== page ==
Max Muncy Proves the Salvific Nature of the Walk

Max Muncy
Richard Mackson-USA TODAY Sports

Max Muncy is having a slightly better-than-league average offensive season. That’s not at all unusual, as Muncy has been an offensive force ever since he joined the Dodgers in 2018. But remember, way back in the olden days of early spring, when he looked disturbingly lost? An elbow injury suffered last year had knocked his mechanics all out of whack, and pitches he’d usually line off the wall were getting popped up or beaten into the ground. Nothing worked. It’s not just that he hit .164 in the first half of the season; he hit under .200 in each of the first four months of the season individually.

It’s kind of remarkable that the Dodgers let him play through this funk; he wasn’t in the lineup every day, but he played 73 games and batted 297 times in the first half. That’s a lot of rope. Usually, in order to get that much playing time with a sub-.200 average, a player needs to be either a premium defender at an up-the-middle position or a Pittsburgh Pirate. But the Dodgers have been tolerant of struggling stars in recent years. Cody Bellinger, for instance, is still a regular despite having been stricken blind sometime in 2020.

The Dodgers were rewarded for their faith. In late July, Muncy told Bill Plunkett of the Orange County Register, he and his coaches stumbled into a solution: taking a step back with his plant leg before swinging at the pitch. It worked. Since the start of a series against Colorado at the end of July, where he implemented the change, Muncy is hitting .258/.356/.516, good for a 144 wRC+. Extrapolated over a full season, that would be his best campaign in four years. A swing revival of this magnitude would ordinarily conjure Big Bad Voodoo Daddy.

Nevertheless, it’s interesting that Muncy was playable that whole time. Certainly his reputation has something to do with it, as does the fact that the Dodgers weren’t exactly hurting for offense elsewhere. Their lineup is so deep that two of their stars can hit like pitchers and they’ll still win a tough division by 20-plus games. Not every team is so lucky.

The thing about Muncy, however, is that he walks so much it’s hard for him to be truly terrible. Ever since he broke into the Dodgers’ lineup, he’s been one of the most selective hitters in baseball. But when he was at his worst at the plate, he became more so. Before his road-to-Emmaus moment in Colorado, Muncy had the second-lowest swing rate in the league, behind only Juan Soto. Once he started hitting the ball harder, he’s letting it rip a little more; since July 28, he’s only the 13th-most miserly swinger among qualified hitters.

Max Muncy, Before and After Adopting the Step Back
O-Swing% Z-Swing% HardHit% LD%
Through July 27 21.0 58.2 40.1 14.4
After July 27 22.0 65.2 51.0 25.4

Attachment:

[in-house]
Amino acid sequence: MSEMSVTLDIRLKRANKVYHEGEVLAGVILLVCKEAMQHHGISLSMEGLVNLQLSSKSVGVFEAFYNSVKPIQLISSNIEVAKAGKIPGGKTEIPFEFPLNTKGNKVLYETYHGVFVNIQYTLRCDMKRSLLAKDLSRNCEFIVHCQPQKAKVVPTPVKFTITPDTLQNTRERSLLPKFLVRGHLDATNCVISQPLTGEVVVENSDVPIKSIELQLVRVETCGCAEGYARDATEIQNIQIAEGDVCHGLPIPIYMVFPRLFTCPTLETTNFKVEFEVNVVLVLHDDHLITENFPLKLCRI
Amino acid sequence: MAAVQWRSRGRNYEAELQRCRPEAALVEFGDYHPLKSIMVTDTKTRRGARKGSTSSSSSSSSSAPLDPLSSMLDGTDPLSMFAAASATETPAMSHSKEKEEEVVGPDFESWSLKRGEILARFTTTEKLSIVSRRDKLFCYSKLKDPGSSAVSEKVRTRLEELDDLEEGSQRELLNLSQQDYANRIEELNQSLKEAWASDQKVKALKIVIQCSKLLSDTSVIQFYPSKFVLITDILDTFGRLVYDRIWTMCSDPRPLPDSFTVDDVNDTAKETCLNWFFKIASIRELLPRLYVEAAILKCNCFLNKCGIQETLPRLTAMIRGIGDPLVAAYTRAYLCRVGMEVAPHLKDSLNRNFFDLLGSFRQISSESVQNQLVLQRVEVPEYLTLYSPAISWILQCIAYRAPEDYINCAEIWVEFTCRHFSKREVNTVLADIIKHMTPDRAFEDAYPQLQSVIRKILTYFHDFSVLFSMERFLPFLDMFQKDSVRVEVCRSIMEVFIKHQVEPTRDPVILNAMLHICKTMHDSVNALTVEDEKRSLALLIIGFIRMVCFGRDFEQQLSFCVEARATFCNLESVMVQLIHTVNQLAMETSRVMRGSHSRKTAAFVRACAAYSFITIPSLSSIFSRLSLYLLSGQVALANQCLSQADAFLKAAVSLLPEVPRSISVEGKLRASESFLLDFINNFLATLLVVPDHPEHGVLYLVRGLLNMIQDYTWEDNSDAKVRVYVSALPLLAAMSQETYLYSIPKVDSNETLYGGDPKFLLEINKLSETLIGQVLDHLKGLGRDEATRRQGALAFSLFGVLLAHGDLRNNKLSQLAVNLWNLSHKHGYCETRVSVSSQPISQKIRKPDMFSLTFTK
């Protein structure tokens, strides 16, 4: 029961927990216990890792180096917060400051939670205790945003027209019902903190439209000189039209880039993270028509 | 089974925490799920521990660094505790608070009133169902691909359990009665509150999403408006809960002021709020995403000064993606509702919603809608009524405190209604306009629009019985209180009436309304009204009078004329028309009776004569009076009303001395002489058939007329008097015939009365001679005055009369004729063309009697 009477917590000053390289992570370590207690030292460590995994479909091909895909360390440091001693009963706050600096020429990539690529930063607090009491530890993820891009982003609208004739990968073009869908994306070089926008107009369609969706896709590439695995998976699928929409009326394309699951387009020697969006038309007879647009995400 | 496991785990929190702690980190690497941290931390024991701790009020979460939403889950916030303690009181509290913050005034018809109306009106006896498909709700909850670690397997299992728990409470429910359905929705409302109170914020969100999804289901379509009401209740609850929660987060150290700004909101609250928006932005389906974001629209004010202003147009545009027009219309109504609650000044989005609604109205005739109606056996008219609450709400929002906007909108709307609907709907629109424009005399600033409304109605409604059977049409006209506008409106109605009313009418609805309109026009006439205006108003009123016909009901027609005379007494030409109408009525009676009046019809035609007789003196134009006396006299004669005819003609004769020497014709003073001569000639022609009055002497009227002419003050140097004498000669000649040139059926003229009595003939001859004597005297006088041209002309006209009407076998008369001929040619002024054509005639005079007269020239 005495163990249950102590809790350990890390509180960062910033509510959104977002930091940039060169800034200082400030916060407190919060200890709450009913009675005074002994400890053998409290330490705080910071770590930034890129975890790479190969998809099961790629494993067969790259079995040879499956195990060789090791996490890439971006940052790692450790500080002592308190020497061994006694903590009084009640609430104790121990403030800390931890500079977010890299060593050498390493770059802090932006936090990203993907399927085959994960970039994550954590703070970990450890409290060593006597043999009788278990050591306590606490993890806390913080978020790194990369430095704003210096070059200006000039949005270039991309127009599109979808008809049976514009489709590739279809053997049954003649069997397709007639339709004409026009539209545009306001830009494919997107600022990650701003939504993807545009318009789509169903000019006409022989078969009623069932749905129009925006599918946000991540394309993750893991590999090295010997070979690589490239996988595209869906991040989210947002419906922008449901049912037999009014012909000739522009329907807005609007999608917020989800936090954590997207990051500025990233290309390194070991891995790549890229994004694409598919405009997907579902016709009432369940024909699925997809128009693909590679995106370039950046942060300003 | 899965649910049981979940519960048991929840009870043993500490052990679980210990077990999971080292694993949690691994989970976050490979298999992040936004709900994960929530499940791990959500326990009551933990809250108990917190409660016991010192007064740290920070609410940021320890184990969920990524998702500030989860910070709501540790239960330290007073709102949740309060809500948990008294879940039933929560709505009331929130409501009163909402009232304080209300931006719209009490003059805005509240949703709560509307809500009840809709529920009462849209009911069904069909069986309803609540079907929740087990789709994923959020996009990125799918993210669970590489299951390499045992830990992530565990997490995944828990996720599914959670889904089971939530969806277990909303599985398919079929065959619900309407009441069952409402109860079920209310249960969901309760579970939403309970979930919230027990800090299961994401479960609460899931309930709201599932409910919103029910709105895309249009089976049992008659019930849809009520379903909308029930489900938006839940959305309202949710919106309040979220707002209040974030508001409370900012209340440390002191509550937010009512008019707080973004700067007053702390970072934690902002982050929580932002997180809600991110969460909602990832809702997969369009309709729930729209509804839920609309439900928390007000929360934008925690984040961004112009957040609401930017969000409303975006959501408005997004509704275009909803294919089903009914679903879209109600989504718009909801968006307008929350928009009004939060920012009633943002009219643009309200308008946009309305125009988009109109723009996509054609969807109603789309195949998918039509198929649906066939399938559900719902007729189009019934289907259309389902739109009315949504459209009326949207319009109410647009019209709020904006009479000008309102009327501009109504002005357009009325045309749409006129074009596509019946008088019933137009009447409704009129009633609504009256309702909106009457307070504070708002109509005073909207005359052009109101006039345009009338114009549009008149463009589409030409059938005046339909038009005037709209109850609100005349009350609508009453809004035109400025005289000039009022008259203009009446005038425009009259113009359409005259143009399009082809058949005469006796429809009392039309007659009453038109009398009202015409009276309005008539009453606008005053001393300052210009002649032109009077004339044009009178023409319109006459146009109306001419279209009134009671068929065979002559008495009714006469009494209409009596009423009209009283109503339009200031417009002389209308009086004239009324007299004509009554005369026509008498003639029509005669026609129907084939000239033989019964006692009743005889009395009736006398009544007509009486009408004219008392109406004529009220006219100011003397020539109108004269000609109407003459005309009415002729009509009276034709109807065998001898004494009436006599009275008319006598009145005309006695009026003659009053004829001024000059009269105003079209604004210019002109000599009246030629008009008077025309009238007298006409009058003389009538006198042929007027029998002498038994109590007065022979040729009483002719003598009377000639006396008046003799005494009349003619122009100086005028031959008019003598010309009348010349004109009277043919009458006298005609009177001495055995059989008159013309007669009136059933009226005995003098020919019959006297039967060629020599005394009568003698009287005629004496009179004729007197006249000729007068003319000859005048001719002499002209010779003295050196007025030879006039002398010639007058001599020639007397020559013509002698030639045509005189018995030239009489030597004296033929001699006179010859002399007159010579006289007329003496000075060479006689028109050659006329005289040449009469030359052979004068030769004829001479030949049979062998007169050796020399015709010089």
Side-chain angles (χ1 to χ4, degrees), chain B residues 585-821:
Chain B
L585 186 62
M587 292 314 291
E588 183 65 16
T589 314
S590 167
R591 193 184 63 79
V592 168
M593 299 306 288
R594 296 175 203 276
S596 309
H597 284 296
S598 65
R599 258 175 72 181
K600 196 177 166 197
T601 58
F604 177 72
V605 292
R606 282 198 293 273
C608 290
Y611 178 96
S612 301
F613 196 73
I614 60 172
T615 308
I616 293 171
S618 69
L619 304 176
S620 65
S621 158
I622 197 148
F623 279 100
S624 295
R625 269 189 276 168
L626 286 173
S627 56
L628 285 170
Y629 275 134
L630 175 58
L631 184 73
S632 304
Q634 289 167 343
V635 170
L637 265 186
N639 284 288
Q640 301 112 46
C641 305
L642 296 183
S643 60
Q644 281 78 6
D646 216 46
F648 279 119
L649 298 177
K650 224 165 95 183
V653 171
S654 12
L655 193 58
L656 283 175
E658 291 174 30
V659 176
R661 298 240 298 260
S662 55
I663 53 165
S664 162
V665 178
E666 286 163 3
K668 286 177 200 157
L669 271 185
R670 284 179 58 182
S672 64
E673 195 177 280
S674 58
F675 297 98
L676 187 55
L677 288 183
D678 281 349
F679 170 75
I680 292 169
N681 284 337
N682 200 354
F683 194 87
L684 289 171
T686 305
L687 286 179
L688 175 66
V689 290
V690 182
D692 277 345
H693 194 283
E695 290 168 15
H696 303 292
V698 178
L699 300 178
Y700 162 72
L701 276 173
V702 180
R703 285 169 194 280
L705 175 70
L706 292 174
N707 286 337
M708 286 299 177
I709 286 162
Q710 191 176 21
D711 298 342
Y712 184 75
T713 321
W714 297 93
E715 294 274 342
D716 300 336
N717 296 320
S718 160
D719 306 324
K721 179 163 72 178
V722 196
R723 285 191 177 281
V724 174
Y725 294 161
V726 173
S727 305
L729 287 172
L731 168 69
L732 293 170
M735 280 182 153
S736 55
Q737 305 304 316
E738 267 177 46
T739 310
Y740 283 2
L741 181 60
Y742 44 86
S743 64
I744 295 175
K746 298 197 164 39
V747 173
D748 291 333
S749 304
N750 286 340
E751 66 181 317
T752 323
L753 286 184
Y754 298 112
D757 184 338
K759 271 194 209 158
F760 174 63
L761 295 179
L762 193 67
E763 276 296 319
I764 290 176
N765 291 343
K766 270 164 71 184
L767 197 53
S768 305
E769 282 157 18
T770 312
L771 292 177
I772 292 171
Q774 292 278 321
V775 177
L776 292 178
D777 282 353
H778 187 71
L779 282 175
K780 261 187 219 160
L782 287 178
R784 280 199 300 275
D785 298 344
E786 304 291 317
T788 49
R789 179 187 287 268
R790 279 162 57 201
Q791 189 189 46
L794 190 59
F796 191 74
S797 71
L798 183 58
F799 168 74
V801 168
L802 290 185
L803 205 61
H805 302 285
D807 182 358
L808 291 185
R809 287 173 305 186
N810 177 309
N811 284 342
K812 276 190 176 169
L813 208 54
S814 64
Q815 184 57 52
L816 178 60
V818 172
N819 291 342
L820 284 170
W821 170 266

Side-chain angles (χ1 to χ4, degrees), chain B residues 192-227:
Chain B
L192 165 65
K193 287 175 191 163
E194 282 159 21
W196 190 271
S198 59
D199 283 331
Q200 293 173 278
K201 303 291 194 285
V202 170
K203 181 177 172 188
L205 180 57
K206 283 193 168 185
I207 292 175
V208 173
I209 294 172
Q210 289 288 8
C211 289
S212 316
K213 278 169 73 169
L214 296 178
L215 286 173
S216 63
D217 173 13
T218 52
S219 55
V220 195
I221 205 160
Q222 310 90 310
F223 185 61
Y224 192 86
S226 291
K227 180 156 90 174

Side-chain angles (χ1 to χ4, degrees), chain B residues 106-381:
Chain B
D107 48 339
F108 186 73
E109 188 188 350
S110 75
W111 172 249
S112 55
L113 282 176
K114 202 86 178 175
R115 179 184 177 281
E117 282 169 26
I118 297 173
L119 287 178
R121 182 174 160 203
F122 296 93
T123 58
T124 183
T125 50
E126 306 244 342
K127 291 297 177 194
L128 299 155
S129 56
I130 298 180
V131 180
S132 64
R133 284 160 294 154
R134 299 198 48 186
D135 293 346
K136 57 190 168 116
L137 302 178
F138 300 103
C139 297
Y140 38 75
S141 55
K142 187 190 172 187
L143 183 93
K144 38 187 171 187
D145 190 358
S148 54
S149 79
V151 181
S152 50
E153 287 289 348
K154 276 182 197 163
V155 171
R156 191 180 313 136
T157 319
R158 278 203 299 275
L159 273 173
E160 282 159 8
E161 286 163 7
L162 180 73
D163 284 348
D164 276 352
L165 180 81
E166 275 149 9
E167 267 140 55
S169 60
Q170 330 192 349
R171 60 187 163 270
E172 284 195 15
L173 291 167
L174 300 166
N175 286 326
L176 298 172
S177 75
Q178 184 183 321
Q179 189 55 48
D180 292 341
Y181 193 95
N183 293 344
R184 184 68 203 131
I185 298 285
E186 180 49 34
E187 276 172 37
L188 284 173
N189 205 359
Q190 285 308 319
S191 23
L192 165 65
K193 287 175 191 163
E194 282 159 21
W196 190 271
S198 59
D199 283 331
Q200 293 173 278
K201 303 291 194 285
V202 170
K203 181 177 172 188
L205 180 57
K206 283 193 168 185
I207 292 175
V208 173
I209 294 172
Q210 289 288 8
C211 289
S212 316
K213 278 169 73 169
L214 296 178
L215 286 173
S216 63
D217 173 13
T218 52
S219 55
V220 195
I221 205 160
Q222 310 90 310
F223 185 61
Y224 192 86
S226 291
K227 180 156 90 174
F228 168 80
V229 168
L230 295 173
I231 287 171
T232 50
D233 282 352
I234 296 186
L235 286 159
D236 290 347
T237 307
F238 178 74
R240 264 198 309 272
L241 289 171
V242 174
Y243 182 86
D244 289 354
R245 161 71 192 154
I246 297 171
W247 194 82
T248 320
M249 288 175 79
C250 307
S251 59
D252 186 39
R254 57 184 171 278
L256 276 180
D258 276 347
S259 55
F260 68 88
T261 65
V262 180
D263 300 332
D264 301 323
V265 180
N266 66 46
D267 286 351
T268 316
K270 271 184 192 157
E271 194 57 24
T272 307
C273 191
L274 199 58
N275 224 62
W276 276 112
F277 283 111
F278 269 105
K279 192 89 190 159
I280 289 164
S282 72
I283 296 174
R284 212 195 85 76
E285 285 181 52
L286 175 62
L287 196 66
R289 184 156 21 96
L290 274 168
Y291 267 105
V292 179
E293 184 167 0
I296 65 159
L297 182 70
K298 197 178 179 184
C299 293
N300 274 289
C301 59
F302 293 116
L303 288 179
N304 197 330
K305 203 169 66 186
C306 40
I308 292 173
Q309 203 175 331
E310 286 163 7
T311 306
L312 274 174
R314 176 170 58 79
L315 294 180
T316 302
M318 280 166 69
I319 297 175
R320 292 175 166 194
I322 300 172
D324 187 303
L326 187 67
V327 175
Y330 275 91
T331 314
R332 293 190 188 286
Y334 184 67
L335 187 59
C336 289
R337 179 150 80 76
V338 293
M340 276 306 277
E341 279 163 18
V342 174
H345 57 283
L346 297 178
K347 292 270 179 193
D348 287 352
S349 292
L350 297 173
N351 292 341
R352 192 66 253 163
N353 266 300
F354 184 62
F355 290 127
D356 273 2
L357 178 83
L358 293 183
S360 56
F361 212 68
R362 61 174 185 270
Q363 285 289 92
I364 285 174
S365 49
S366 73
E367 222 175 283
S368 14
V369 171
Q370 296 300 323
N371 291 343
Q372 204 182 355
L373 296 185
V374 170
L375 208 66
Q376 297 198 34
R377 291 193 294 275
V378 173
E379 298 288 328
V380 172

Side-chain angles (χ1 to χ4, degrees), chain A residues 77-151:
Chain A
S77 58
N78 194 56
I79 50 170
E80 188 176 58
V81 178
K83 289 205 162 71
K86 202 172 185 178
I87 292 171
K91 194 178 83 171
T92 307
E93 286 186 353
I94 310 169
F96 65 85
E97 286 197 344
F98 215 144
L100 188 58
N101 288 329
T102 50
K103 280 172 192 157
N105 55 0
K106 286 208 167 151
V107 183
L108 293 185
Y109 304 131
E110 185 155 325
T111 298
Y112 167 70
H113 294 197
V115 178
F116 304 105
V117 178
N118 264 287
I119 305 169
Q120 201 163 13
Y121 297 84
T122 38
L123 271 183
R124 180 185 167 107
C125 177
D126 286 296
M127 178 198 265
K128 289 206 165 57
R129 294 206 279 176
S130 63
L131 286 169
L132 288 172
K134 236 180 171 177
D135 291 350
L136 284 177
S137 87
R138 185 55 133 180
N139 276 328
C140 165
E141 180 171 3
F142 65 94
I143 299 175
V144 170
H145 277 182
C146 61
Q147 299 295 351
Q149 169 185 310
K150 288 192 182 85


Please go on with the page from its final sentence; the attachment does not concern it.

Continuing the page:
Whatever the reason, whether physical discomfort, lack of confidence, or tactical imperative, Muncy got even stingier when his swing was in the gutter. And that selectivity, usually merely a component of his broader hitting approach, became his saving grace when his bat abandoned him. It’s important to remember that this is a player with a career walk rate of 15%. Sit with that number a moment. That’s a truly staggering number of walks, enough that no matter how badly Muncy was hitting, he still got on base. He might have hit .164 in the first half, but he walked so much he actually beat the league-average OBP (.320 to .317) during the depths of his slump.

We’ve known the value of the walk since the days of Eddie Stanky. Reinforcing and grasping the value of the walk, as a component of on-base percentage, was the insight that brought sabermetrics to widespread public attention some 20 years ago. And it still feels like edge cases like Muncy get underrated, as if the mind simply can’t comprehend that not all double-digit walk rates are created equal.

The highest walk rates usually belong to the most feared hitters, like Soto, or Aaron Judge, who nowadays is getting walked three times a night, like he’s an incontinent sheepdog. But Muncy’s 2022 slump is only one example of how an extremely high walk rate can make up for any number of other flaws. A walk rate like that raises the player’s floor to the point where they’re unbenchable. Anyone who’s walking 15% of the time is probably posting an OBP in the mid-.300s. With any power whatsoever, that’ll play at any position, no matter the player’s defensive or contact-based deficiencies.

The young Rhys Hoskins is one example, Robbie Grossman another. This year, Carlos Santana is hitting just .193 and slugging .374, thanks in part to the biggest gap between his wOBA and xwOBA among qualified hitters. But he’s been about a league-average offensive player this year, according to wRC+, thanks to his 14.1% walk rate. Santana’s teammate Jesse Winker, who’s lost his power stroke and is somewhere from below-average to dreadful defensively, is testing the limits of this archetype, but thanks to a 15.3% walk rate, he still has a wRC+ of 107. Not ideal for a corner outfielder, but not an emergency either.

In short, learn to walk. It might save your job.





Michael is a writer at FanGraphs. Previously, he was a staff writer at The Ringer and D1Baseball, and his work has appeared at Grantland, Baseball Prospectus, The Atlantic, ESPN.com, and various ill-remembered Phillies blogs. Follow him on Twitter, if you must, @MichaelBaumann.

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Pepper Martin
2 months ago

Cody Bellinger, or as he will someday be known, “Juan Soto 1.0”

cartermember
2 months ago
Reply to  Pepper Martin

Upvoted you to get you back to even. I appreciated it.